How Does Construction Financing Work – The Brisbane Homeowners Guide to Construction Financing 2021
The great Australian dream has always revolved around owning your own home. But for a growing number of Aussies, this dream involves not just buying but actually building their dream home. According to the HIA ‘Window into Housing 2020’ report, 173,285 new homes were constructed across the country in 2019, housing an estimated 448,635 people. With a range of government grants available during the past 12 months encouraging more people to build, you may be wondering exactly how does construction financing work. Is it complicated? What kind of documentation will you need? Does the builder invoice the lender directly? Are construction payments made up-front? And do all lenders currently offer construction loans? To help you get a better understanding of how do construction loans work, we’ve put together a Brisbane homeowners guide to construction financing in 2021.
What is Construction Financing?
So, what is construction financing? Simply put, it’s a tailored lending solution for borrowers who want to buy land and build a new home. It can also be used to buy and substantially renovate an existing house. The key difference between a standard home loan and a construction finance loan is found in the way the loan is structured.
With a typical mortgage, you borrow the total amount of the loan, in full, on the day of property settlement. From that date, you are then paying interest on the total balance of the loan. In contrast, most construction finance loans will be structured with progressive drawdowns. This means that the lender will release the money in instalments (which have been agreed on in advance) throughout the construction project. This ensures that you aren’t paying interest on the entire loan until your new home is completed.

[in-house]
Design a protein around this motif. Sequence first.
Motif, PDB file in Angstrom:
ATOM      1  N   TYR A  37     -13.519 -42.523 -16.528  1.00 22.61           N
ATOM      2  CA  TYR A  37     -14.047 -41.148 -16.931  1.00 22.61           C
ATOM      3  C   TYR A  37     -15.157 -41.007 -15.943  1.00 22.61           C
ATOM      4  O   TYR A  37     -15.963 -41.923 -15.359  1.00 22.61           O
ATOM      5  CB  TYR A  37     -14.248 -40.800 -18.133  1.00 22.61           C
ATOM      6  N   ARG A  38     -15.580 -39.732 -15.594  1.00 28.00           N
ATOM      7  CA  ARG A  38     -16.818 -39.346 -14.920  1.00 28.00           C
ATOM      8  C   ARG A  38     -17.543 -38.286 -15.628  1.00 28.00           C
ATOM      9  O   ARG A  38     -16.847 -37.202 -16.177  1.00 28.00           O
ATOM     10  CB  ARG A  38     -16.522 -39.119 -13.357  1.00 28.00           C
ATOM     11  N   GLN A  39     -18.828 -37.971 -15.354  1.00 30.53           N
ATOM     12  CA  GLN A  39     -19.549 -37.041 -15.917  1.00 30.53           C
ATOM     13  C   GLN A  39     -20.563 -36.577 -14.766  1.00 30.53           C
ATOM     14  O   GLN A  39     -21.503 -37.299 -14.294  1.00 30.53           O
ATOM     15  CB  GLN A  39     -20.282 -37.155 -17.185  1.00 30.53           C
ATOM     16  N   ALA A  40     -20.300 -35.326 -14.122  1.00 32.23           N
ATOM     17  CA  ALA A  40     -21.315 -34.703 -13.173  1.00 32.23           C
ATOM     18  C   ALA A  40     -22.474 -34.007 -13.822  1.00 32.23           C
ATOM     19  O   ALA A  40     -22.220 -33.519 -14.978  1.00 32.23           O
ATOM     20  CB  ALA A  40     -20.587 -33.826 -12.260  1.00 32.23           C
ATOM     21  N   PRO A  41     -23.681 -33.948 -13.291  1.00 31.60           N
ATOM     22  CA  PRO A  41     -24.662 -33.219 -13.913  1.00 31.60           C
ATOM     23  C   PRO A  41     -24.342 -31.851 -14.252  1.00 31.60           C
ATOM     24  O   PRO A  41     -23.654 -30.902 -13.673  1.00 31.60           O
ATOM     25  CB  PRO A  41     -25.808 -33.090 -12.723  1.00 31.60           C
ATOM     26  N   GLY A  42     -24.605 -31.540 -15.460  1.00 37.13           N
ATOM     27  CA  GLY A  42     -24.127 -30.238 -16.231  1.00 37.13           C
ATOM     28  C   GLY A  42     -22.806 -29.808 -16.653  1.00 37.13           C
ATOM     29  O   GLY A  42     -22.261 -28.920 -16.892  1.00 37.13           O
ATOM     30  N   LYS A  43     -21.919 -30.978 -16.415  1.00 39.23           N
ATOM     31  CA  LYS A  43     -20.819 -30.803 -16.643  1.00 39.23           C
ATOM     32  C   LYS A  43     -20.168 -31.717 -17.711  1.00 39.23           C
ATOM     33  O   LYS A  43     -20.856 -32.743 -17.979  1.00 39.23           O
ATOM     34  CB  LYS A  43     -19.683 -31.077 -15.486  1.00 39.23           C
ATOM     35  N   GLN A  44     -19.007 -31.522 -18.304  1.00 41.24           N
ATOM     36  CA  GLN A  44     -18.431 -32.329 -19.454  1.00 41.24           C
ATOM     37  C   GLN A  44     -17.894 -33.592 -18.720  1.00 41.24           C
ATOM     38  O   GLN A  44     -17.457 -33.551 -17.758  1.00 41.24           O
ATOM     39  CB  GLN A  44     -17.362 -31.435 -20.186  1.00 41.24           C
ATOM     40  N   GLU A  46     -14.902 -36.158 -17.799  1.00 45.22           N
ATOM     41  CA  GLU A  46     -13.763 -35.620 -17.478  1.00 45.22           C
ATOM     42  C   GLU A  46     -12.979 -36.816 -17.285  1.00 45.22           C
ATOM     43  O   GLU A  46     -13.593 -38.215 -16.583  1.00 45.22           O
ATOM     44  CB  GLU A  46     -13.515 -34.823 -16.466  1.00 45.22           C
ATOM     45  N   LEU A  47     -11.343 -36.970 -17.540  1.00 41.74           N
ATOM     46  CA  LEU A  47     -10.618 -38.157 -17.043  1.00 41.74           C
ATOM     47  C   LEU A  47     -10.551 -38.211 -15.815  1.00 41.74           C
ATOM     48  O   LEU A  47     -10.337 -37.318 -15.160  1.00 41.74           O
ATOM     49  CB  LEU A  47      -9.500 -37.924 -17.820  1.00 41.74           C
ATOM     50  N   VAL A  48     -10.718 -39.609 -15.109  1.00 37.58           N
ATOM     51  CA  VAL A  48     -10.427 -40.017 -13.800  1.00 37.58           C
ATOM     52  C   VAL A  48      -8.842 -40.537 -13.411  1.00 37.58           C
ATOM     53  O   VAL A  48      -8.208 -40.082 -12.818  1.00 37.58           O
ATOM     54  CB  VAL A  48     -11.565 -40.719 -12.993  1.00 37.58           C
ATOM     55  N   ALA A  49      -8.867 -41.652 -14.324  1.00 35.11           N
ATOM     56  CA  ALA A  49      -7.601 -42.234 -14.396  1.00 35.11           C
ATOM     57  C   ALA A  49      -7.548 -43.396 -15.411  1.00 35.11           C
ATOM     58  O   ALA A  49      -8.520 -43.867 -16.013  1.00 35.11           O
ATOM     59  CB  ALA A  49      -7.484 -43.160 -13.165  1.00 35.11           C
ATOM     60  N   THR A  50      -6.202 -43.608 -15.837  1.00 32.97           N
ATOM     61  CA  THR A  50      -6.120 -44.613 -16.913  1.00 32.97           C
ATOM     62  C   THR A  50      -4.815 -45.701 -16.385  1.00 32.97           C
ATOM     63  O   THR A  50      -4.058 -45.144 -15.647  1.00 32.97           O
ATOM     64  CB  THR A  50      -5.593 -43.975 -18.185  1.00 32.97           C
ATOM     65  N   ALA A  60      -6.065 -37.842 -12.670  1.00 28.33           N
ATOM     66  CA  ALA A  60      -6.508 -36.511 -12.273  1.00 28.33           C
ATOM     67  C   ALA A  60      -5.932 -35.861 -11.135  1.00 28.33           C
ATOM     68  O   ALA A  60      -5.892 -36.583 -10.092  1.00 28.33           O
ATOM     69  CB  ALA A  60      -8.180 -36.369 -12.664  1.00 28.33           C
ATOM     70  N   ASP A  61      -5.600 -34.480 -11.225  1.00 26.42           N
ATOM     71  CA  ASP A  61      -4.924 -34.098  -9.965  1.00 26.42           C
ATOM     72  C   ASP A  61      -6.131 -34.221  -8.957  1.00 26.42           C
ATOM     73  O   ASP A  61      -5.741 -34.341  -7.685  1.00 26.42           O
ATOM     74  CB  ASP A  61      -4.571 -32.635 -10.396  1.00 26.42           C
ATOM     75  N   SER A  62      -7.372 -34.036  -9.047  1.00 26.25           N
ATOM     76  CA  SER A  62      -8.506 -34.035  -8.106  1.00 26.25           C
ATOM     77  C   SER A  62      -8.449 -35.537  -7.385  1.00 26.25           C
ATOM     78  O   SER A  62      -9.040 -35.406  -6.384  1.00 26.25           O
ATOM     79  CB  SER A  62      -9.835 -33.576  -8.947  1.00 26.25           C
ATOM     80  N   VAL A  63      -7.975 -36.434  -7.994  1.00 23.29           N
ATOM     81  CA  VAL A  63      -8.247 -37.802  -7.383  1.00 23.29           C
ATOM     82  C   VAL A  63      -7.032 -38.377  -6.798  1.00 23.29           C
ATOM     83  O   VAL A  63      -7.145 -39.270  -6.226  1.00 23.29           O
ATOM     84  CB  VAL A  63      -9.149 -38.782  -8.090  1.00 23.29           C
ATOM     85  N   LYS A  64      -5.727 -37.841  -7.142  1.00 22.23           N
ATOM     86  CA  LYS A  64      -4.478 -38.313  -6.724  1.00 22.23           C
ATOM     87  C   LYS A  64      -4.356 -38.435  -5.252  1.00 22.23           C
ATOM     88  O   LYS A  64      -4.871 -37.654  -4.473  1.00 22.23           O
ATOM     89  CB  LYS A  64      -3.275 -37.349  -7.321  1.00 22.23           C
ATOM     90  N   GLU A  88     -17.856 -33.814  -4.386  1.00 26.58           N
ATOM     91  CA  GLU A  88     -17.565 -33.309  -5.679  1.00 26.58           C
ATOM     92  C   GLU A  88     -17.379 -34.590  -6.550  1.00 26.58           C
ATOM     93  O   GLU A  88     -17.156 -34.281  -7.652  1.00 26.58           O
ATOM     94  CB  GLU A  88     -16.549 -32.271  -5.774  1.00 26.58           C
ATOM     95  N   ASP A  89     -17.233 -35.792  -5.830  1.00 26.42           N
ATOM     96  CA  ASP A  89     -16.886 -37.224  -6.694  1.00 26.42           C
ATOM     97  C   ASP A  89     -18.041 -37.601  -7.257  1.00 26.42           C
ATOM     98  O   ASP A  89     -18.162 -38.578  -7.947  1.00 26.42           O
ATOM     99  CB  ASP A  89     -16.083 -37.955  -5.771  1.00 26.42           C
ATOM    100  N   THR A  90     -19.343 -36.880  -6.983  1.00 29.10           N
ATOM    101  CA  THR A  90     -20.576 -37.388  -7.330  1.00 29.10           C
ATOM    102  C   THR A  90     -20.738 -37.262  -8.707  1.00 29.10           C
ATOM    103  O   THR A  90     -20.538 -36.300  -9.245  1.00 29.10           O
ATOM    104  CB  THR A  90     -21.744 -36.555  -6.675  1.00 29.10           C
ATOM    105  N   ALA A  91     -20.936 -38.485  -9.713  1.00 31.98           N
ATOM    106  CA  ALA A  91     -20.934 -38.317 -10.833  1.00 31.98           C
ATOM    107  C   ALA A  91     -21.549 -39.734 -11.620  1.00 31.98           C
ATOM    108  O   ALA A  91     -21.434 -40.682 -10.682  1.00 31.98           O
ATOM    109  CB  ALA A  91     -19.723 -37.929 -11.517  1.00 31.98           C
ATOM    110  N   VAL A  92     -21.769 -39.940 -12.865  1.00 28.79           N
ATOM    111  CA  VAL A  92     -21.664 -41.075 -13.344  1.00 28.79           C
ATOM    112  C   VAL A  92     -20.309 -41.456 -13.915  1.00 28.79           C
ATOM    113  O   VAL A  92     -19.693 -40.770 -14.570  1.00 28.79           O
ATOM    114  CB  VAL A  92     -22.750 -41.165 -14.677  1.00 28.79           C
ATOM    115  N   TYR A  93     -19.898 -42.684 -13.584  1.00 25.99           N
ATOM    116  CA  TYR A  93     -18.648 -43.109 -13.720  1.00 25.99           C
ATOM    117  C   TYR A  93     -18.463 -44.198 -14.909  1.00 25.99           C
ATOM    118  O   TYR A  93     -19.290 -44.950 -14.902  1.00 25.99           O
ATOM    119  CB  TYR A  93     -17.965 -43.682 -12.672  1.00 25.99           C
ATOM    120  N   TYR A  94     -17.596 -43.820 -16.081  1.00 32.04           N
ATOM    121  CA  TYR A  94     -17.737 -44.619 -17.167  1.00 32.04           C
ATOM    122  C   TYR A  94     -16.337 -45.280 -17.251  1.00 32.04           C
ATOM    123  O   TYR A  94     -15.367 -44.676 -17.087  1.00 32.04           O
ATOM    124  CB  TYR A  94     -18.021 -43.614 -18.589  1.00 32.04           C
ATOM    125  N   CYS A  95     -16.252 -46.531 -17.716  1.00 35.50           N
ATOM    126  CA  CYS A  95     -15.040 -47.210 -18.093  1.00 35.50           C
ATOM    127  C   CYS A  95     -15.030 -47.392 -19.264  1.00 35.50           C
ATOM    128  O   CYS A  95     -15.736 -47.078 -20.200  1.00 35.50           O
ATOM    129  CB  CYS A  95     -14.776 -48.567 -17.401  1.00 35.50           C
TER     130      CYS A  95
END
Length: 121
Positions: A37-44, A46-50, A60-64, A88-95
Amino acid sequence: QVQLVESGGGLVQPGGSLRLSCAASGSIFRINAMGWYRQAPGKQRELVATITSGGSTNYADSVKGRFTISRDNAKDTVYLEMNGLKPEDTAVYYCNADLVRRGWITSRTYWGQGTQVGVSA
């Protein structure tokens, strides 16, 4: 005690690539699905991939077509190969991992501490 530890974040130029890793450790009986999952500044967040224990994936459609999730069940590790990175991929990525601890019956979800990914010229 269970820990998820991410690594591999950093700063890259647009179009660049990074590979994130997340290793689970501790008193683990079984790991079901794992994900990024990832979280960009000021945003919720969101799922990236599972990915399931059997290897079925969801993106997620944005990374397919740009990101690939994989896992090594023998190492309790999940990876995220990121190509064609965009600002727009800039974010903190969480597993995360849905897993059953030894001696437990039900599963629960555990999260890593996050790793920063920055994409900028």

Is Construction Financing More Complicated Than a Typical Home Loan?
Construction financing can be more complicated than buying an existing house with a typical home loan. Why? Because when you’re building a new house, there are a lot of different parties involved in the process. This includes:
- Builders (who are contracted to handle the bulk of the work)
- Contractors (who may care for specialised works such as electrical or plumbing connections)
- Building surveyors (who issue the permit and ensure the house is built to comply with current housing standards)
- Local council (who may be involved in planning approvals)
- Lenders (who are paying for the whole project)
- Other qualified experts (such as solicitors or accountants)
Each of these parties may have a significant role to play in the construction of a new home. But with so many stakeholders, it’s easy for complications to arise. To prevent issues from happening once the project is already underway, many lenders will require extra documentation before approving a construction finance loan.
Can I Get a Regular Home Loan Instead of Construction Financing?
On hearing that a construction finance loan is more complicated, many borrowers will wonder if they can just get a regular home loan instead of construction financing. The answer is yes, but only in certain scenarios.
One example is if you already own your own home and you have sufficient equity in the property. So, if you only owe $200,000 on your current property, but it has been valued at $600,000, then you have $400,000 in equity. In this scenario, you may be able to refinance your existing home loan to pay for the construction of your new home. Keep in mind that you can’t use your not-yet-built house as security for a home loan. Alternatively, if you already own the block of land and the land value on its own has sufficient equity, then you could potentially borrow against this instead.
The problem with financing a new home build with a typical mortgage is that you are being charged interest on the full balance of the loan from the very first day. This can be a substantial added cost if you’re already paying off a mortgage or you’re renting until the new home is built. In contrast, most lenders who extend construction finance loans will only charge for interest on the progress payments that have already been made. This makes it easier to manage repayments throughout the build.